A will (also called your last will and testament) is a legal document that allows you to state what should happen with your assets after you die. It is important to remember that a will is a must for every estate plan, but it should always be used with other estate planning tools such as trusts.
Your Will should specify who gets what, where they get it from (e.g., personal estate), and include any special notes, You must sign it in front of 2 witnesses, and a notary public, an attorney who drafts your will or estate plan, will be able to provide two witnesses and a notary as a standard part of their services.
Since wills are legal documents, they can be contested. Declaring your last wishes in a will ensures that your estate goes to the intended people, and no one else tries to break the law by stealing it for themselves.
Without wills, state laws dictate who gets what – which means you could lose control over exactly how your belongings are distributed. It’s also more difficult to make sure things are done correctly without a will.
A Will not only benefits you when you die, but wills can also give your family peace of mind while you’re alive! Did you know that a will becomes a public record after death when filed for probate- this means that anyone can see what’s in your last will and testament.
Because wills are legal documents, it’s important to have an attorney draft and help you execute the will to ensure a will is completed in accordance with the state’s laws.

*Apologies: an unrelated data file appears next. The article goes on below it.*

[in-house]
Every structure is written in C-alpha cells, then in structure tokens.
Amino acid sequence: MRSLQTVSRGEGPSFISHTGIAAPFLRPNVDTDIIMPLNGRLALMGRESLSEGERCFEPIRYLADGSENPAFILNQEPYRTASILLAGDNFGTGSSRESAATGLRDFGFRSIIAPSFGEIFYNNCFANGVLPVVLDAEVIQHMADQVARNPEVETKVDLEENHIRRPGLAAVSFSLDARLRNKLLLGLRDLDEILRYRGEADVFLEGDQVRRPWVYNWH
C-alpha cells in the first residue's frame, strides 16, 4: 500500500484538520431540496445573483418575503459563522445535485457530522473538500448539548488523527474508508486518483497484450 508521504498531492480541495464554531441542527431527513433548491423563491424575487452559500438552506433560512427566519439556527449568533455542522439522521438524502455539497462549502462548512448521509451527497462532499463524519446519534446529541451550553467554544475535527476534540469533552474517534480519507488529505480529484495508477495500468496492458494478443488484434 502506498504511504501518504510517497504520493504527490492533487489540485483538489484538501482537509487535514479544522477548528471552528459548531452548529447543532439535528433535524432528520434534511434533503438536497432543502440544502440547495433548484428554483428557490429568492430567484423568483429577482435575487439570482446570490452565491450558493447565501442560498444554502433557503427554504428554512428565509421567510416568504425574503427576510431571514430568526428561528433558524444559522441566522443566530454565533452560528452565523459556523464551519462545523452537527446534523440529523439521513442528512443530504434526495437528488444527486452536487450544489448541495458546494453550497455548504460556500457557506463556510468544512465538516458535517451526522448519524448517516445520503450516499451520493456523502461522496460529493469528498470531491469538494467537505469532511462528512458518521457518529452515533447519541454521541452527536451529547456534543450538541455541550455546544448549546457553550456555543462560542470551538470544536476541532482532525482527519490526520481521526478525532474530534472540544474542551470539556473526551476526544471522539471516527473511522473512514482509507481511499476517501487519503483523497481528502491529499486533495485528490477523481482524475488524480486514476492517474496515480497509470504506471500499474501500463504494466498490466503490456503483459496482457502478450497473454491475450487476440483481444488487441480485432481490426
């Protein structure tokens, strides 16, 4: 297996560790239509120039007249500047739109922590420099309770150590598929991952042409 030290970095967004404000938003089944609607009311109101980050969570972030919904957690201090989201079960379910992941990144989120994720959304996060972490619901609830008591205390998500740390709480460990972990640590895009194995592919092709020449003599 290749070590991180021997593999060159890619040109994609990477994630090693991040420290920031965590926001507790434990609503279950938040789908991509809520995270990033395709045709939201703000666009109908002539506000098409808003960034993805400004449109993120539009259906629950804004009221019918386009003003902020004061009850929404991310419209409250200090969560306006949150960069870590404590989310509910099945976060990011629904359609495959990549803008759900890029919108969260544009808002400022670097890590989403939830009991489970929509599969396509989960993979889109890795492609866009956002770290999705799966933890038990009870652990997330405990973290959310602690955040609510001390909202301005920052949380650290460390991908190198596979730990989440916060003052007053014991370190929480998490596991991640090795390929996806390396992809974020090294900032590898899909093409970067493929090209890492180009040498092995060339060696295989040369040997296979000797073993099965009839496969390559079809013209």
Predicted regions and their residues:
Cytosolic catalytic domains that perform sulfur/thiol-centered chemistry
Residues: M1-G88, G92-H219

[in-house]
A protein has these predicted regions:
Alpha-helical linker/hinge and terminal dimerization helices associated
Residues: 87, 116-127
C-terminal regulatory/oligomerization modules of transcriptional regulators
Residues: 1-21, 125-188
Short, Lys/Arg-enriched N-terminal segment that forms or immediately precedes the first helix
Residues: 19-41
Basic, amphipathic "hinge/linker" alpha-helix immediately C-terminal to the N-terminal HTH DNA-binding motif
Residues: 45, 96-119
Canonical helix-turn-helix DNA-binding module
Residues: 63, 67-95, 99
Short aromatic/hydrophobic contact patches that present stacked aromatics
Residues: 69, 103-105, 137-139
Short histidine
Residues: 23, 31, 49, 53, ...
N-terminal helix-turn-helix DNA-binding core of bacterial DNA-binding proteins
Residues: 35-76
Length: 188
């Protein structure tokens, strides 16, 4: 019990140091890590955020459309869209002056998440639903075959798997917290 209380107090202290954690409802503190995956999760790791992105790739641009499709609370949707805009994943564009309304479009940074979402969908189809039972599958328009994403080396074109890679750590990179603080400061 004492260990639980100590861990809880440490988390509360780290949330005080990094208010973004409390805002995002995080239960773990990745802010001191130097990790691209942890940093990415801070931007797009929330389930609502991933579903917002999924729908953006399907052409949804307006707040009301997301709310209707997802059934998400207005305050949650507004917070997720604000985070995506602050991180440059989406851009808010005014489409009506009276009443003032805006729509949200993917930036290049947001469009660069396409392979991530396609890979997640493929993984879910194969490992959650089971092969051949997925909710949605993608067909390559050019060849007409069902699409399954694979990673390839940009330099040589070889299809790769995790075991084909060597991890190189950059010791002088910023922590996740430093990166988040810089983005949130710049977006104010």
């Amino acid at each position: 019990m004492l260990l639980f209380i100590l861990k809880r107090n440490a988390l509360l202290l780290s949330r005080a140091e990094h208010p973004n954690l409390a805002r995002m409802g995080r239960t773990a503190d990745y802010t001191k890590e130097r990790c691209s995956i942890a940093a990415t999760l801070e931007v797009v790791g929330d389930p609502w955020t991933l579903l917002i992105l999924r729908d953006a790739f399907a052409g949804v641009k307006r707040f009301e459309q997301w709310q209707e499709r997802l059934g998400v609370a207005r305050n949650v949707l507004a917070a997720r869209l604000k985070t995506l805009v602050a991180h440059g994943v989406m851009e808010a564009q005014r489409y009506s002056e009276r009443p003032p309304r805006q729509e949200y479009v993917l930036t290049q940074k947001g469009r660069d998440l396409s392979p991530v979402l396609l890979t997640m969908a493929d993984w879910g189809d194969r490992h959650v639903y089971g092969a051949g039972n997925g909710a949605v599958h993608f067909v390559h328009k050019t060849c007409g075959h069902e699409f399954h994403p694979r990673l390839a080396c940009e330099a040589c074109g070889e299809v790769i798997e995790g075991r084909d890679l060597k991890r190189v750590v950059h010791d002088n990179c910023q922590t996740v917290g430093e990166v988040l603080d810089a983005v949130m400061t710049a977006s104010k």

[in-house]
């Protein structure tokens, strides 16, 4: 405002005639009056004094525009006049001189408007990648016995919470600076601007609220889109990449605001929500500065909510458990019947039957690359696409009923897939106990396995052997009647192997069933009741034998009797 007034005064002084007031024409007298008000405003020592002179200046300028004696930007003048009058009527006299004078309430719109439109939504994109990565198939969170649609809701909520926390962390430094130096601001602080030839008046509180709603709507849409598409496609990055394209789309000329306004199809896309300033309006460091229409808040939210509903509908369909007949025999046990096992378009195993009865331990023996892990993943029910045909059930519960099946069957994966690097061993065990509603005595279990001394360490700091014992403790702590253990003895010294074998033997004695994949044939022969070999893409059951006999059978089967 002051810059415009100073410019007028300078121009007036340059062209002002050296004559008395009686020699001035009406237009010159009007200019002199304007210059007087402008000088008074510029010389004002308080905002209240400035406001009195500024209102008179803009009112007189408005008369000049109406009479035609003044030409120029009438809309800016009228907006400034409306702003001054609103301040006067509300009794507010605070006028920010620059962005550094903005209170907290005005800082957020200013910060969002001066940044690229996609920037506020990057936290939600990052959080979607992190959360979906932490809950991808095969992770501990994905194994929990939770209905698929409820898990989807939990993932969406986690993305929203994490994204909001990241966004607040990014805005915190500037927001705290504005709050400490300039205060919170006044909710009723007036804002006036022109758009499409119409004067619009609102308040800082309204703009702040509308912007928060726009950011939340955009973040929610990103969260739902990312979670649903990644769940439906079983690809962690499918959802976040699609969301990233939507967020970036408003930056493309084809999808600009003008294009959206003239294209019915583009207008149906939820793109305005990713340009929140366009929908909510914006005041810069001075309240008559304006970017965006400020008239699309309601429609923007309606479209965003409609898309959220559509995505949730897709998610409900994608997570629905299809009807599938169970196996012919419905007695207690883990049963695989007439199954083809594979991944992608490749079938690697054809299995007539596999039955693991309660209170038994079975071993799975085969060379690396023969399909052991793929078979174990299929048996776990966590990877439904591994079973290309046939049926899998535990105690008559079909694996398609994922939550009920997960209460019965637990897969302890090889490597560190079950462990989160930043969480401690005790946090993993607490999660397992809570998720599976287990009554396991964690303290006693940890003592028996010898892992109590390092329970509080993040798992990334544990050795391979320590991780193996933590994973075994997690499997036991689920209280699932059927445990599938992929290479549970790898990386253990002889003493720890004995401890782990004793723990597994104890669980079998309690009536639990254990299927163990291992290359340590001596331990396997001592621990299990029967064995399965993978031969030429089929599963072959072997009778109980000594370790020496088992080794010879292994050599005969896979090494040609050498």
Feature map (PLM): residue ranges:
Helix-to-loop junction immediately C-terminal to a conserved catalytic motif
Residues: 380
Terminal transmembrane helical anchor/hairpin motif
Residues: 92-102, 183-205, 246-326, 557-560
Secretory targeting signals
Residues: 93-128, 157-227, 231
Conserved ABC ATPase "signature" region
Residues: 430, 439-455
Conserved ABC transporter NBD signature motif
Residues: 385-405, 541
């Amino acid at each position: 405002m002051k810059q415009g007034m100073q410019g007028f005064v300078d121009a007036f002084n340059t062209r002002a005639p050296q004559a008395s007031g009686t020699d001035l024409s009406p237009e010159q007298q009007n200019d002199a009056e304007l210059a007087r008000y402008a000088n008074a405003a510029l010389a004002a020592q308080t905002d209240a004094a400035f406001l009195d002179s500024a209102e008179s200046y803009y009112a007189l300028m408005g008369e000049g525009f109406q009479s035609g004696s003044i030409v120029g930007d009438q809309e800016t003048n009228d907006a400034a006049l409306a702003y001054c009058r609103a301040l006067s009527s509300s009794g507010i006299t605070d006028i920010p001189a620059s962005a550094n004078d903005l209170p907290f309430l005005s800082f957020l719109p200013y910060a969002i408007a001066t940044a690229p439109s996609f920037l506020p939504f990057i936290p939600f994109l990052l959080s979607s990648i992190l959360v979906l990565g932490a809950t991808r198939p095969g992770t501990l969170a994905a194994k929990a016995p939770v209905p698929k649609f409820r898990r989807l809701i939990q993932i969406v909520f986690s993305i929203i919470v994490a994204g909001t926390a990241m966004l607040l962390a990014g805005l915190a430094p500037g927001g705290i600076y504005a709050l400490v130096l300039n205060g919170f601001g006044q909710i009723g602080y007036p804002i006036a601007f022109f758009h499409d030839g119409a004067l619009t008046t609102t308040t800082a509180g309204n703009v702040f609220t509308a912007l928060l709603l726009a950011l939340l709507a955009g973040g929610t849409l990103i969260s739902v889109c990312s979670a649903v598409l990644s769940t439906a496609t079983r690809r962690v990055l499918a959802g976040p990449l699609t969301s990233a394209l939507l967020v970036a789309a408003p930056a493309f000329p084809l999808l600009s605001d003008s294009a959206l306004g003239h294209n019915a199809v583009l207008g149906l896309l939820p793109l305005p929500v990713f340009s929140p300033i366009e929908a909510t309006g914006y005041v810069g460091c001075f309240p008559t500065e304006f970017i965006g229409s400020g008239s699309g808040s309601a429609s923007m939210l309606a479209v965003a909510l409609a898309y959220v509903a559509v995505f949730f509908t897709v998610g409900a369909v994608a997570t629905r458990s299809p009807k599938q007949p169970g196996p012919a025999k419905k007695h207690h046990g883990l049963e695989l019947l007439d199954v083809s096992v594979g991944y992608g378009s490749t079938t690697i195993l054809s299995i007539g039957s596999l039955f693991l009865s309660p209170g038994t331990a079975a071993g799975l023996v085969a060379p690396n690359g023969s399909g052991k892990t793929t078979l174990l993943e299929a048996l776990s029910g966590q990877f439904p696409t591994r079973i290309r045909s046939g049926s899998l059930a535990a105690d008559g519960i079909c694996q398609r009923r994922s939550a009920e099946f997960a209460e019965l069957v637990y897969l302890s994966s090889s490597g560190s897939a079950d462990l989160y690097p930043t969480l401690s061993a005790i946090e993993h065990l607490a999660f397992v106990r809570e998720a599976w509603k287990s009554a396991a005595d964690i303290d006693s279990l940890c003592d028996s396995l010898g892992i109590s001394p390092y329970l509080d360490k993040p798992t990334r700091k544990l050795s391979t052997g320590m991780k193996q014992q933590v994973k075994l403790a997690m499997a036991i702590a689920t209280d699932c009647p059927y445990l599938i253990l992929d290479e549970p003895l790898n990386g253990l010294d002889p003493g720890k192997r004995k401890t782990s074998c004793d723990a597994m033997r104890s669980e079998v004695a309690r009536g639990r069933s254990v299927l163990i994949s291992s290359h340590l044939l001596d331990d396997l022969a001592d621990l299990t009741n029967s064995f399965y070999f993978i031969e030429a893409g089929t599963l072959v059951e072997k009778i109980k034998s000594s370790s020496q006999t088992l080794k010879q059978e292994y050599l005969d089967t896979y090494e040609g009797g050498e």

An attorney specializing in wills and estate planning can help you protect your family, plan for the future and give you peace of mind knowing that what’s yours will go where it should go after death.
Who Should Create a Will?
The short answer is anyone who has assets. A last will and testament are not only for the wealthy it’s also for anyone who has family or friends they care about.
Whether you are single, married without children, married or unmarried with grown children, a recent widow, or widower, you should have a will if you have an estate.
What Are the Types of Wills?
Simple wills are prepared with minimal estate planning. In simple wills, you can choose to give everything away, keep it all for yourself, or split the assets up however you want. Many people use simple wills as a springboard to get more detailed about their estate plan and then have simple wills revoked in favor of a more complicated will down the road.
Living wills are most often used for medical decisions. A living will give you the power to make decisions about your future medical treatment, and they can help avoid unwanted living situations.
Testamentary Trust Will